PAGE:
A recent story published in the Bay Citizen, a local San Francisco, California paper, indicates that an increasing number of veterans are dying before receiving their benefits. Data obtained by the Bay Citizen indicates that last year the Department of Veterans Affairs “paid $437 million in retroactive benefits to the survivors of nearly 19,500 veterans who died waiting.” This represents a dramatic increase from three years ago, when less than $8 million was paid to fewer than 6,400 survivors. The article reveals that long wait times are to blame for “tens of thousands of veterans being approved for disability benefits and pensions only after it is too late for the money to help them.”
VA Officials cite a change in laws as a significant contributor to the increase in the number of posthumous benefits. In 2008, VA simplified the process for survivors to request compensation. Instead of filing a new claim, survivors may now request to be substituted for the veteran in the pending claim. The individual claiming entitlement to benefits following the veterans death, must submit a written request for substitution within one year of the veteran’s passing. Individuals entitled to benefits under this law include, the spouse of the veteran, unmarried children under the age of 18 or those who have been determined to be helpless children, or dependent parents of the veteran. An individual who bore the veteran’s last medical or burial expenses may also be substituted but is only entitled to the amount actually paid for last medical or burial expenses. 38 C.F.R. § 3.1000.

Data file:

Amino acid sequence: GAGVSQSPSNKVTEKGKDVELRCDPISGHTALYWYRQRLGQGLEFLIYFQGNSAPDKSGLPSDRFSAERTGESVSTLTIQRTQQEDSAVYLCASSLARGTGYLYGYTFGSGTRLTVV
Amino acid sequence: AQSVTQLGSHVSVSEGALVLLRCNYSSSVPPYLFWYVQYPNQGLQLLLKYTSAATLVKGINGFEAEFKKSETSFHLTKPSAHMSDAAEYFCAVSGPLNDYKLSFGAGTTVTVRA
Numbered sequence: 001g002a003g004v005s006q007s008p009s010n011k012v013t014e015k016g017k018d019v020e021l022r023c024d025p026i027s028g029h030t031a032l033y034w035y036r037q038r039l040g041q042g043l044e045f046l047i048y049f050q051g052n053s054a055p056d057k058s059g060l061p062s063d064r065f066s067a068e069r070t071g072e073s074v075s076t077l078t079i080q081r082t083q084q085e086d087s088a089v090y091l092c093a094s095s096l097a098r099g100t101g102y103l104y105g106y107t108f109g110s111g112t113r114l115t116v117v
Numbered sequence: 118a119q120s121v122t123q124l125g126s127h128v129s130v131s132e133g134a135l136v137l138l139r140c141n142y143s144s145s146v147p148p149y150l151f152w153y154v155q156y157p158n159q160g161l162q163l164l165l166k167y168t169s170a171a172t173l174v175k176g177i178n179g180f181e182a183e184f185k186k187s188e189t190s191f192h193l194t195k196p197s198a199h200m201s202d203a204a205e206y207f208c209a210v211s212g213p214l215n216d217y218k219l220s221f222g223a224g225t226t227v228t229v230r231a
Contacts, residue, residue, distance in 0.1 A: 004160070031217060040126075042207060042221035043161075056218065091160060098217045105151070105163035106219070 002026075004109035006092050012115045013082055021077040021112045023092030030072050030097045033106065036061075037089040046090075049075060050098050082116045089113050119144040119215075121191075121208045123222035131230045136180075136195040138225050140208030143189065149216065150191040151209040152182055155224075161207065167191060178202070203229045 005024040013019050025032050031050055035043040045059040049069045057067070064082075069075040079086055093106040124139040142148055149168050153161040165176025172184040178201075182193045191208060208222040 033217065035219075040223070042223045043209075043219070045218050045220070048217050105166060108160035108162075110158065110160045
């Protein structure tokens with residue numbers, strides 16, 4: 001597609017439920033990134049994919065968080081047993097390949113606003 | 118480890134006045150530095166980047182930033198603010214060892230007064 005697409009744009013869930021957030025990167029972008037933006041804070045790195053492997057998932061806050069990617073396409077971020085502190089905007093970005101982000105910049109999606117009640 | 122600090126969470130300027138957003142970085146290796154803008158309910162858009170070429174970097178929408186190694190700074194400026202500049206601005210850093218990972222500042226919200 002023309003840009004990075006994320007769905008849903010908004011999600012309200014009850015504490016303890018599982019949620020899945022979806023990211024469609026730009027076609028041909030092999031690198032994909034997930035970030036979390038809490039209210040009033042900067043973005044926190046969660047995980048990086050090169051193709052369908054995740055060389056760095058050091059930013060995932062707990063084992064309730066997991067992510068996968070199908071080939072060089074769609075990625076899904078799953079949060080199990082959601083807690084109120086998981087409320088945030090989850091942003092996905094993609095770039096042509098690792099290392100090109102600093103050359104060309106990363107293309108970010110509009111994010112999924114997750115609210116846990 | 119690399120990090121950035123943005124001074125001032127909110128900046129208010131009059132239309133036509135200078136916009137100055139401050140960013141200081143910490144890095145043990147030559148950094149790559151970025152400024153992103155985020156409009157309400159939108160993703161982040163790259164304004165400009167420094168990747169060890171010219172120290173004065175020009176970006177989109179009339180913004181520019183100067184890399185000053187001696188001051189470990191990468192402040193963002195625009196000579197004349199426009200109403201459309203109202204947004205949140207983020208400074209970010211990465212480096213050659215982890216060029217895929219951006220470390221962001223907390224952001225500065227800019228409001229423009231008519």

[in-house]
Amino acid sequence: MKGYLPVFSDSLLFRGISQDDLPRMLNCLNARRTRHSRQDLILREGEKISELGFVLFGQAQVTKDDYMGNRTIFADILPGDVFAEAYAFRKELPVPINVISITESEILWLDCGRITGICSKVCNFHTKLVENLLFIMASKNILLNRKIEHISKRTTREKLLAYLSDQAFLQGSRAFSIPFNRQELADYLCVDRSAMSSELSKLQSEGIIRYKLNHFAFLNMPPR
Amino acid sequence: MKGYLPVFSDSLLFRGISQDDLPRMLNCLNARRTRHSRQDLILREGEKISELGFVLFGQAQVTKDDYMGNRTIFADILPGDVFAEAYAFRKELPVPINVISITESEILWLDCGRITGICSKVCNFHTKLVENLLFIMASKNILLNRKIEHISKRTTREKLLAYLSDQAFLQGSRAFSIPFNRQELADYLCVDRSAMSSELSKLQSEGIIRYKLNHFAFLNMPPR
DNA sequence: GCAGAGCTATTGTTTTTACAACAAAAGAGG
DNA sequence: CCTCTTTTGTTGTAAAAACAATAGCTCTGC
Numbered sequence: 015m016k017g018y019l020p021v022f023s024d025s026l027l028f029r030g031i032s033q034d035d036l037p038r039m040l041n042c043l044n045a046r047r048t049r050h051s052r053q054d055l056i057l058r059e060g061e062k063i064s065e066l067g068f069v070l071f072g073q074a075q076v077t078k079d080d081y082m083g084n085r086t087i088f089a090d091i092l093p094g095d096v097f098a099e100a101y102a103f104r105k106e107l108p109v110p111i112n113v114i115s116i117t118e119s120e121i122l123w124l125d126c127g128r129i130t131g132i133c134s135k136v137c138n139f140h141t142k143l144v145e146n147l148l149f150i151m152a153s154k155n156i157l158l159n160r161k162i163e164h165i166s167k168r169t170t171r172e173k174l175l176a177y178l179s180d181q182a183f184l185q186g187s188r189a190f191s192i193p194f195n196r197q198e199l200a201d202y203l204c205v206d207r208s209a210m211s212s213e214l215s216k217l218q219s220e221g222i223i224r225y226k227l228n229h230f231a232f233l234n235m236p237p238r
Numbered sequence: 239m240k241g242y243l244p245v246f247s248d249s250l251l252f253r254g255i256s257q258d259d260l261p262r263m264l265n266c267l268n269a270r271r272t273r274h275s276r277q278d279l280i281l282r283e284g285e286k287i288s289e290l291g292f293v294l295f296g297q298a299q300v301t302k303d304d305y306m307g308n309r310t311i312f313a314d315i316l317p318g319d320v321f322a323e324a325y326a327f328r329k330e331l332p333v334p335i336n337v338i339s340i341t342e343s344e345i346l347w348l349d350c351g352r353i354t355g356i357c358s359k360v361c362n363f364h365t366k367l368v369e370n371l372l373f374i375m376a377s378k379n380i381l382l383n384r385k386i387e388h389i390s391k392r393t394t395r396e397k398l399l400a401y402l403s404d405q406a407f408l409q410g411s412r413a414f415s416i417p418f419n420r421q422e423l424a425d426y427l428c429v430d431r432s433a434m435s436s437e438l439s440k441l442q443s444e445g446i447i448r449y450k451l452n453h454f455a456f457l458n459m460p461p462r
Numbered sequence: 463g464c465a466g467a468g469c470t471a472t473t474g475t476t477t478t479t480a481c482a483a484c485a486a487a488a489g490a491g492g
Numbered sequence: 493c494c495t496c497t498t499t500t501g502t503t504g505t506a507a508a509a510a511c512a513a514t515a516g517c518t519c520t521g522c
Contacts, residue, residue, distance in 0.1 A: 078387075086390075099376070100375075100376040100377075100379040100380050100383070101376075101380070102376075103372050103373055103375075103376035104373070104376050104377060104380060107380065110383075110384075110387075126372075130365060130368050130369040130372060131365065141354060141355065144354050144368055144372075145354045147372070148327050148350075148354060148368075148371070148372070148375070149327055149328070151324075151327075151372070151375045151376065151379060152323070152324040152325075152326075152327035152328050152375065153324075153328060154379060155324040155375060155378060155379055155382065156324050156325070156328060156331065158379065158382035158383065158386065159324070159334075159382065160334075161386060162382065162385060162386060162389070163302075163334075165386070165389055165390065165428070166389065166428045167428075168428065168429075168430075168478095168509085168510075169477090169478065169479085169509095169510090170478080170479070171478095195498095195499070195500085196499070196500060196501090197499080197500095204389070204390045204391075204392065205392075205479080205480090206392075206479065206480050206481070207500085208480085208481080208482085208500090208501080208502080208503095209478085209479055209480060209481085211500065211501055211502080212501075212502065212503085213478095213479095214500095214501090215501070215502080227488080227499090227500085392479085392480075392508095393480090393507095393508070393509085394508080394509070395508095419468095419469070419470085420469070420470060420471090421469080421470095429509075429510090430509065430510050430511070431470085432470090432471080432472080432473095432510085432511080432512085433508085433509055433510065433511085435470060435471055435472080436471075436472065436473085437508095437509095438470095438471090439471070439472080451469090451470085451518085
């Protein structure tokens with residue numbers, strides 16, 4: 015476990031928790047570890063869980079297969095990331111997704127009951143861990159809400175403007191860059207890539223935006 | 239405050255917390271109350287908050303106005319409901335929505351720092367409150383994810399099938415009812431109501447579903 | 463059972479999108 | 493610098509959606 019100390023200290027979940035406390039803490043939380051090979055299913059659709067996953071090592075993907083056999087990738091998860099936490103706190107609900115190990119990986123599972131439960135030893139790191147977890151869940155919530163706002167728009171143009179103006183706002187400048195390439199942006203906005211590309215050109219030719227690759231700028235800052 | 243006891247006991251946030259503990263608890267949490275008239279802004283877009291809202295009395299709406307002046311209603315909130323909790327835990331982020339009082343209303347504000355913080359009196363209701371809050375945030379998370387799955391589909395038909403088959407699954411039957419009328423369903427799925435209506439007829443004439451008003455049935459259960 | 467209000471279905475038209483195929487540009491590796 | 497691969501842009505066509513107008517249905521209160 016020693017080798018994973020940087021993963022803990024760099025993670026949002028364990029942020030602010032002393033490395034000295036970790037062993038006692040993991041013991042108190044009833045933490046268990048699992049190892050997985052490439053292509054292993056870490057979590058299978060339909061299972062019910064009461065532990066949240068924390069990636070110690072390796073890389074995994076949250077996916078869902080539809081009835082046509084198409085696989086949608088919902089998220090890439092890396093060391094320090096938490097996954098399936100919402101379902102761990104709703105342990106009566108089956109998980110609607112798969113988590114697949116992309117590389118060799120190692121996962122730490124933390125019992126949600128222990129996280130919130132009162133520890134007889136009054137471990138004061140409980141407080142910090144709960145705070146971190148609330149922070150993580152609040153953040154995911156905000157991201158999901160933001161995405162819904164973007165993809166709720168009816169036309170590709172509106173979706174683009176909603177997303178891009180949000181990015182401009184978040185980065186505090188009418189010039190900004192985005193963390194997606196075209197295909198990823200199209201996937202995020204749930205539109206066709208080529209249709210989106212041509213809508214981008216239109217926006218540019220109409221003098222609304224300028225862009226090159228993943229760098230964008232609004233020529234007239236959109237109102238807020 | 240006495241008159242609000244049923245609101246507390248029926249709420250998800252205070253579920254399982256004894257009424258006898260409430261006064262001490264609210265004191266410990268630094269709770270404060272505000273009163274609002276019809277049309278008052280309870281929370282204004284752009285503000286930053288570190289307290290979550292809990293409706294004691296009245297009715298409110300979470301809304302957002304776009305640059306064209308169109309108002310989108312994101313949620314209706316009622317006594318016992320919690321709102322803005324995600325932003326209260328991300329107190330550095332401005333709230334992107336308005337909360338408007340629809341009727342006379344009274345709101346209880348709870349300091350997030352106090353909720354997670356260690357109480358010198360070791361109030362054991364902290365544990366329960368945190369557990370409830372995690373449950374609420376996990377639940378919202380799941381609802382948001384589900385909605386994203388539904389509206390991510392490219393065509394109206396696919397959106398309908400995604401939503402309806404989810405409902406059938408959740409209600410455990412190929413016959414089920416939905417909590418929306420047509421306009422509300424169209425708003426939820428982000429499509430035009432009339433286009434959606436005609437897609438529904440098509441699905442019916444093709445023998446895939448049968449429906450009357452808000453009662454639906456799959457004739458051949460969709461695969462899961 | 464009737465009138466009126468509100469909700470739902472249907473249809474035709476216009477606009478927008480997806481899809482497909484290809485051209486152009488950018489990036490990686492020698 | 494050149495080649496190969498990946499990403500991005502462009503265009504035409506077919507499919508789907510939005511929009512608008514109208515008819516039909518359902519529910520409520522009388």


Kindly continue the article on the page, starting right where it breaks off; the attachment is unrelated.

VA officials also cite the addition of ischemic heart disease, Parkinson’s disease and two types of cancer to the list of diseases presumed to be caused by exposure to Agent Orange as “major catalyst for the rise in posthumous payments.”
The Bay Citizen’s analysis of 18 reports published by the VA’s inspector general uncovered other reasons for the delays. The reports revealed that “auditors found mistakes in more than 1 in 3 high-profile claims they reviewed.” In addition, according to the Board of Veterans’ Appeals 2011 report, the Board found errors in 73 percent of the cases it decided.
It is not just elderly World War II veterans who are passing away while awaiting a decision on their claims. The delays and erroneous denials prevent younger veterans from getting the treatment they need to survive. Whether long wait times are attributable to changes in laws or errors by the Department of Veterans Affairs, the effects of those wait times are unacceptable.
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